As last year, we will be very happy to attend Drug Discovery 2017 event in Liverpool (Innovation Zone, IZ1 booth). We will present our activities, the new assays that we have developed recently and our brand new robotic platform.

“Drug Discovery is ELRIG’s flagship event. Now in its 11th year, we return to ACC in Liverpool to bring together the leading lights in drug discovery research across pharma, biotech, academia and the vendor community.”

As you can see on the dedicated webpage, the event program is highly interesting:

  • Advances in Imaging
  • Drug Discovery in the 4th Dimension
  • Innovations in Assay Design, Development and Screening

And of course, don’t forget the amazing “Innovation Zone”, the right place to discover future partners, as HCS Pharma !

Come and join us in Drug Discovery 2017 in the Innovation Zone at booth IZ1, to discuss with Nathalie, our CEO and Pierre-Jean, our in vitro toxicology expert !

Nathalie will be present tuesday 3 October, 3-4 pm, on booth of our partner Molecular Devices (#D18) to answer your high-content screening (HCS) questions.  Book a time slot to meet Nathalie !

Imaging inner cells in a 3D spheroïd requires a well adapted microscopy technology. HCS Pharma is now equipped with MicroXLS Confocal from Molecular Devices to perform the best images using an automated spinning disk microscope. We also pursue our development using brand new microscopy technologies to have an overview of the different available possibilities. Thanks to Dr Sibarata and Dr Galland from the Interdisciplinary Institute for Neuroscience located in Bordeaux, France, and Mr Clouvel from Imagin Optics, who gave us the opportunity to use the SPIM microscope. Dr Savary, our partner in Innovcell 3D project, joined us with hepatocyte spheroïds prepared for imagery.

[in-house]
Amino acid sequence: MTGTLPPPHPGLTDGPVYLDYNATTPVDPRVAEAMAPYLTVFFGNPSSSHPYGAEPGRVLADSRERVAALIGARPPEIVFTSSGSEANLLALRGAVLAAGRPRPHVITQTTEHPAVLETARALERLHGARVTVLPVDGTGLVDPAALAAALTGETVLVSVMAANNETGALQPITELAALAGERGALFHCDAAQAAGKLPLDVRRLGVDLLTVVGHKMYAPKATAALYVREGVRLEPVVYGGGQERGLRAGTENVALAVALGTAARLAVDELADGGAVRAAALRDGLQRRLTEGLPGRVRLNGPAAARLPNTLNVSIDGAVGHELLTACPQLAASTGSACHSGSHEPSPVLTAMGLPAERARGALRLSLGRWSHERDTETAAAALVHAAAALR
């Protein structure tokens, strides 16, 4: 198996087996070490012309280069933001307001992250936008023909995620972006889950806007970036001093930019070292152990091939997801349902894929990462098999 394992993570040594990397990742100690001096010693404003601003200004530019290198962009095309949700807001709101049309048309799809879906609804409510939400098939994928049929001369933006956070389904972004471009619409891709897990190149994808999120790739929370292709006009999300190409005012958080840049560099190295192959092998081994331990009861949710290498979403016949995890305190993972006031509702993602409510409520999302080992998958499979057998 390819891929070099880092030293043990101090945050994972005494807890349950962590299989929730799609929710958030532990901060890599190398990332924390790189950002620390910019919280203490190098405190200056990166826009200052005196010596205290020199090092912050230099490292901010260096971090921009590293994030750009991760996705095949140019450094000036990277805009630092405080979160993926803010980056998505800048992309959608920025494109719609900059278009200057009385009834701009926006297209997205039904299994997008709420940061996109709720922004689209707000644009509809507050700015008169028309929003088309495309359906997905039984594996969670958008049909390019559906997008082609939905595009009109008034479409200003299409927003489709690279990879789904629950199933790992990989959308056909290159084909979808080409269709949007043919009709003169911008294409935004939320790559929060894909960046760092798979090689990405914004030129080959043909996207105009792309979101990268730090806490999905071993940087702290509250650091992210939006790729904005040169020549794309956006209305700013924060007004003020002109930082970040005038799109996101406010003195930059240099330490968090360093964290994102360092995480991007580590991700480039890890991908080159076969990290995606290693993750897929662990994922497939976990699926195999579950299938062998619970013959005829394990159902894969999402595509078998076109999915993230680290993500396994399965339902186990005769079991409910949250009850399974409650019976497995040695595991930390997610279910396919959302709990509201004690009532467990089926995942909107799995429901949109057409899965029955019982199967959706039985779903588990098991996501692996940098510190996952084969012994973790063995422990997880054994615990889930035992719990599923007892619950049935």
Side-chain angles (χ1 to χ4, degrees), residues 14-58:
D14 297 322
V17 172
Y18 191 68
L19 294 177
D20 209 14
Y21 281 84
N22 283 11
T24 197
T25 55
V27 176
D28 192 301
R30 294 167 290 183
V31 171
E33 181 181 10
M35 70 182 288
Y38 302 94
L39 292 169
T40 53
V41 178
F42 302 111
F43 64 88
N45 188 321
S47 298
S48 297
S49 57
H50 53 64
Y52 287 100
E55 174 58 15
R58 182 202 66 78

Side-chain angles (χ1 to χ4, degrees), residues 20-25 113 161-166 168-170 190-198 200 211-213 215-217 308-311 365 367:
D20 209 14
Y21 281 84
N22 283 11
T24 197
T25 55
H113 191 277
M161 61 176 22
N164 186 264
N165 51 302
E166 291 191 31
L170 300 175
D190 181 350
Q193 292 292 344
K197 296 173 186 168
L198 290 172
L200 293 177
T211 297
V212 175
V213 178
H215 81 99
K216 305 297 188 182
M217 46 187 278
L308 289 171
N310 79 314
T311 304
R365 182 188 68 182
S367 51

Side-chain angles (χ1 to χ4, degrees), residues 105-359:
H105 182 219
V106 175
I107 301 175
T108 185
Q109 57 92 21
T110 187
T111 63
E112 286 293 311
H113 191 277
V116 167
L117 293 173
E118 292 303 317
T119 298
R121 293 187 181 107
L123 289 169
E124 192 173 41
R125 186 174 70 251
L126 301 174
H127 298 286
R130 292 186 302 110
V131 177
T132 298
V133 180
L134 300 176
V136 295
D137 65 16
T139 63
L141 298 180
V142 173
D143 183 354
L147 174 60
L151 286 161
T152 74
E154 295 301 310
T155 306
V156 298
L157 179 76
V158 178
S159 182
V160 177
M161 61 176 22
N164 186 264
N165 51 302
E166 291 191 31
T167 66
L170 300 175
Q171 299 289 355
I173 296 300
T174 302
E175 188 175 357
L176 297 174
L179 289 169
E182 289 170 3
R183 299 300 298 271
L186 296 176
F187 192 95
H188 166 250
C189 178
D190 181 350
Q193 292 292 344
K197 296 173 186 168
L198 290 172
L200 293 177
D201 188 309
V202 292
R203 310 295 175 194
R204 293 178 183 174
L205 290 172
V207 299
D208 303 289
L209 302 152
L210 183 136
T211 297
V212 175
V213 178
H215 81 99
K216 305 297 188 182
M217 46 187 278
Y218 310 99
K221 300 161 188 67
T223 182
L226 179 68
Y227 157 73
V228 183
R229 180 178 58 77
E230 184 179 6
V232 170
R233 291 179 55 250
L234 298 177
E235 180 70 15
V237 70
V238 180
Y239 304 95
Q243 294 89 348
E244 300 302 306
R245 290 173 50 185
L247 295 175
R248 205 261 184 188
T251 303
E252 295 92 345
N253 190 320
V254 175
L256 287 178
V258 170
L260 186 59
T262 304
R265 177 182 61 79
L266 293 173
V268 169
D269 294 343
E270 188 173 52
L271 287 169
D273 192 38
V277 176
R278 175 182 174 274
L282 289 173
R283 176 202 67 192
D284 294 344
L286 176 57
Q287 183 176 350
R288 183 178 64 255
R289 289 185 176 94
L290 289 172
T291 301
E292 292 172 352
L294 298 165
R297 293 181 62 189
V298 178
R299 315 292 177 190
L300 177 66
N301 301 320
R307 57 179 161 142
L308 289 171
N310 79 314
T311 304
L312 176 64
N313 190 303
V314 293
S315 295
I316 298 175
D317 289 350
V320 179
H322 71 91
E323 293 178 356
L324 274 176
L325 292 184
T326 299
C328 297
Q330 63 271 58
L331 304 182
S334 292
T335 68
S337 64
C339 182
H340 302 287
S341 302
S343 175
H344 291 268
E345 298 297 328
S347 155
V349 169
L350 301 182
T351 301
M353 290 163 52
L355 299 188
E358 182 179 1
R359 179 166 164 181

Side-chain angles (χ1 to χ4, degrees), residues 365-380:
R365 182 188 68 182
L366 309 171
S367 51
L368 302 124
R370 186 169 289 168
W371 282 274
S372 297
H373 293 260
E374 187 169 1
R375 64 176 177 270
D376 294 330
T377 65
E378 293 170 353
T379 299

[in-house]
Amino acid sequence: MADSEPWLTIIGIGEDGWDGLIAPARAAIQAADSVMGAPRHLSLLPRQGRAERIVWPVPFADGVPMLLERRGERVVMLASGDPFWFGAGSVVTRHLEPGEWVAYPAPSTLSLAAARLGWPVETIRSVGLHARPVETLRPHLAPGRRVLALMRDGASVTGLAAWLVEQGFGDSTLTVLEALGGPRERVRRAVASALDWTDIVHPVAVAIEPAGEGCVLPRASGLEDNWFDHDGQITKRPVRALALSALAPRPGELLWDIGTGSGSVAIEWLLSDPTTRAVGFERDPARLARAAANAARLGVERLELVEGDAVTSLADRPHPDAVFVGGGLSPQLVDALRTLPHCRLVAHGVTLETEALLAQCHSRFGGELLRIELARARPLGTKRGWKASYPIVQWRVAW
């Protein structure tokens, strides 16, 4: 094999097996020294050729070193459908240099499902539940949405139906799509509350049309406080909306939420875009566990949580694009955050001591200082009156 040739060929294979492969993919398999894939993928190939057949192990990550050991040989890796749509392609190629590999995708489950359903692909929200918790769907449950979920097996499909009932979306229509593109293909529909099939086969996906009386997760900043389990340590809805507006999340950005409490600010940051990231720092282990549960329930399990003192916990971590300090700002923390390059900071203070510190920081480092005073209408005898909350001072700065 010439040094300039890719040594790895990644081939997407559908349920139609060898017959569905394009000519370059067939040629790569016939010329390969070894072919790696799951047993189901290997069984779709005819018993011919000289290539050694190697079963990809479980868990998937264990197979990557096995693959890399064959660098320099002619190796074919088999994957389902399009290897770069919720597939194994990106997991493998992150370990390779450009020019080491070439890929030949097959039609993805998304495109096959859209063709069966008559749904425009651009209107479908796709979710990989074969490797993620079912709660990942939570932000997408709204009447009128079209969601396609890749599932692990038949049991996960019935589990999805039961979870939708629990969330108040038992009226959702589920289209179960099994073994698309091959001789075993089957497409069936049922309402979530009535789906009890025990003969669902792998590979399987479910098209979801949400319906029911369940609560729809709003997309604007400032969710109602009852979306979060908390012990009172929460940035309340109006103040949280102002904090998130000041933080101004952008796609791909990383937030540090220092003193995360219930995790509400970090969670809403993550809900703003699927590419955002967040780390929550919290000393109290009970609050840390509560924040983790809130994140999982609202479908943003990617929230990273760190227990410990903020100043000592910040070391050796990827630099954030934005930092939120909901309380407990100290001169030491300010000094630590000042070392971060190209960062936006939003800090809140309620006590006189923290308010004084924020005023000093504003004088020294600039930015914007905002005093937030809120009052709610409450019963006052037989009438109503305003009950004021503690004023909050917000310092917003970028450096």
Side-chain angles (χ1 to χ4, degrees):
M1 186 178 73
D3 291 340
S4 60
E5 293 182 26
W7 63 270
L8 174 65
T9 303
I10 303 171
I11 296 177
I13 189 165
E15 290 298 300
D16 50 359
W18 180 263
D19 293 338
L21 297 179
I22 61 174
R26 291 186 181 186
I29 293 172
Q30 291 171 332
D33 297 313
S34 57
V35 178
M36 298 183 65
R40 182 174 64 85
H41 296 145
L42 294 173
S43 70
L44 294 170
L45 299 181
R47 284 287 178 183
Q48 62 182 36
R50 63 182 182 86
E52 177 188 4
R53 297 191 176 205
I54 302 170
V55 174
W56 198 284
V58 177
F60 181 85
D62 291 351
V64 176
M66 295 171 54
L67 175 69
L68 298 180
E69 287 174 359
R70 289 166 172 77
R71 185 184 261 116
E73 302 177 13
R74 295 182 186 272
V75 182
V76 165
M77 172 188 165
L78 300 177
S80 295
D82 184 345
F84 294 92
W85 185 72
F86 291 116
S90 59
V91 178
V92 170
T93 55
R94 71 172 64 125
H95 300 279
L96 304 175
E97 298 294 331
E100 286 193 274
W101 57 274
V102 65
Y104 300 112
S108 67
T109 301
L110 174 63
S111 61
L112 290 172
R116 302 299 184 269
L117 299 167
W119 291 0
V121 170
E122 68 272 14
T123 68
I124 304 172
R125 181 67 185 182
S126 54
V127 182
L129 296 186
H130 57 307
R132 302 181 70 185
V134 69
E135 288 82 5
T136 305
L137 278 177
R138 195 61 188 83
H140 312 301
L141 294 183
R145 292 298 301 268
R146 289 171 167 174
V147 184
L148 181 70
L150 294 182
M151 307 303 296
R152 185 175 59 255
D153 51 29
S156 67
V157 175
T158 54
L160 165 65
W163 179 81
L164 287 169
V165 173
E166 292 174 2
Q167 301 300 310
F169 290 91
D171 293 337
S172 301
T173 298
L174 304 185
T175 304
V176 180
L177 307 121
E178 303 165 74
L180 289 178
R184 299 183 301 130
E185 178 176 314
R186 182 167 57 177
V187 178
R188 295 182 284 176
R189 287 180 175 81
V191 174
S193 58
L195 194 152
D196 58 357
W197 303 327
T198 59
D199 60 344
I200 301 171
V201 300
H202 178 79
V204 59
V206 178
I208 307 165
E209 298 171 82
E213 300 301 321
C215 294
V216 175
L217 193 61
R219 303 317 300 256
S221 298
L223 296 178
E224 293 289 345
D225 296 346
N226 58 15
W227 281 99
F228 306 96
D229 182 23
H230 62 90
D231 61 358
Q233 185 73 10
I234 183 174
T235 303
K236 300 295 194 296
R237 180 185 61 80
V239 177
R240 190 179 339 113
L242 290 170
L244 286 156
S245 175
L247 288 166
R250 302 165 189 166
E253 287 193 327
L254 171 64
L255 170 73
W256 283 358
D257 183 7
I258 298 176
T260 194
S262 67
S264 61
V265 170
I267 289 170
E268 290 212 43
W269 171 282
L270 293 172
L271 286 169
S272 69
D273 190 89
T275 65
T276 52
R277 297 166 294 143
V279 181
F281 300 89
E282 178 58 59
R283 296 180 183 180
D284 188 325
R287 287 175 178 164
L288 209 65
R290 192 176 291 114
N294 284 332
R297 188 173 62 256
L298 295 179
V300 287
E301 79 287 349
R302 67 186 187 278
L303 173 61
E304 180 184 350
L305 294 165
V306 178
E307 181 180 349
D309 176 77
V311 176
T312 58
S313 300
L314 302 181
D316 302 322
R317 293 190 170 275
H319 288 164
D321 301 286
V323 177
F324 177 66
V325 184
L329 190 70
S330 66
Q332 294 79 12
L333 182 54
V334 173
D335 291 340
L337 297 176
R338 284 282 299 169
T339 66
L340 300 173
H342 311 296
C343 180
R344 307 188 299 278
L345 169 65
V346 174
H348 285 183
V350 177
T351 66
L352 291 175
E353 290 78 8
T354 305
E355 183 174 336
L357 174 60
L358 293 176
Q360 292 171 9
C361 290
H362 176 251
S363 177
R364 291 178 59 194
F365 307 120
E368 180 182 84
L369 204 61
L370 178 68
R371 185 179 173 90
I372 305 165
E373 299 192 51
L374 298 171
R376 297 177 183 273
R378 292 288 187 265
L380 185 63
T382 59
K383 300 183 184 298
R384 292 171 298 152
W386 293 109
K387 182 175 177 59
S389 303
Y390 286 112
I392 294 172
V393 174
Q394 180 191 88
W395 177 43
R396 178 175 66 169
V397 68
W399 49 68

Images obtained showed us a deep imaging of our spheroïds, with the greatest contrast at the level of the first cell layers. We will go on with innovative sample preparations to allow a deeper observation of the spheroids.

I enjoyed to participate to this event hold in Stevenage at GSK, in a beautiful and impressive setting. The combination of uses of new technologies as high content imaging (HCA/HCS), imaging mass-spectrometry or imaging flow cytometry and new data analysis as machine learning and deep learning were presented in this event. These combinations show an extremely nice perspective in pharmaceutical research and in personalized medecine. I was really impressed by the quality of the presentations. James Pilling (Aztrazeneca) showed cardiotoxicity assay on 3D spheroid by using HCS technology. Emmanuel Gustin (Janssen) presented phenotypic screening by using phingerprints and machine learning. Rod Benson (Imagen Therapeutics) talked about precise and personnalised medecine for cancer by using HCS technologies.

All these emerging technologies and data analysis systems promise interesting discoveries in the near future.

I was present at the last congress ELRIGfr in Brussels. It was a strong exchange place with interesting presentations around robotics. It is always really interesting to see examples of innovative automation which give really robust results. For example, Frank Gudermann from university of Bielefield in Germany showed that automation of culture cell with cell count by holographic picture gives more robust results as manual count by trypan blue. Or automation of PK sampling with nanoliter by using echo technology allows increasing throughput of bioanalytical analysis for PK studies in Hoffmann La Roche. Also, another presentation of IGR has shown a complete robotic platform with 4 imagers (Micro from MDS) and 1 FACS totally automated from cell seeding to staining and reading.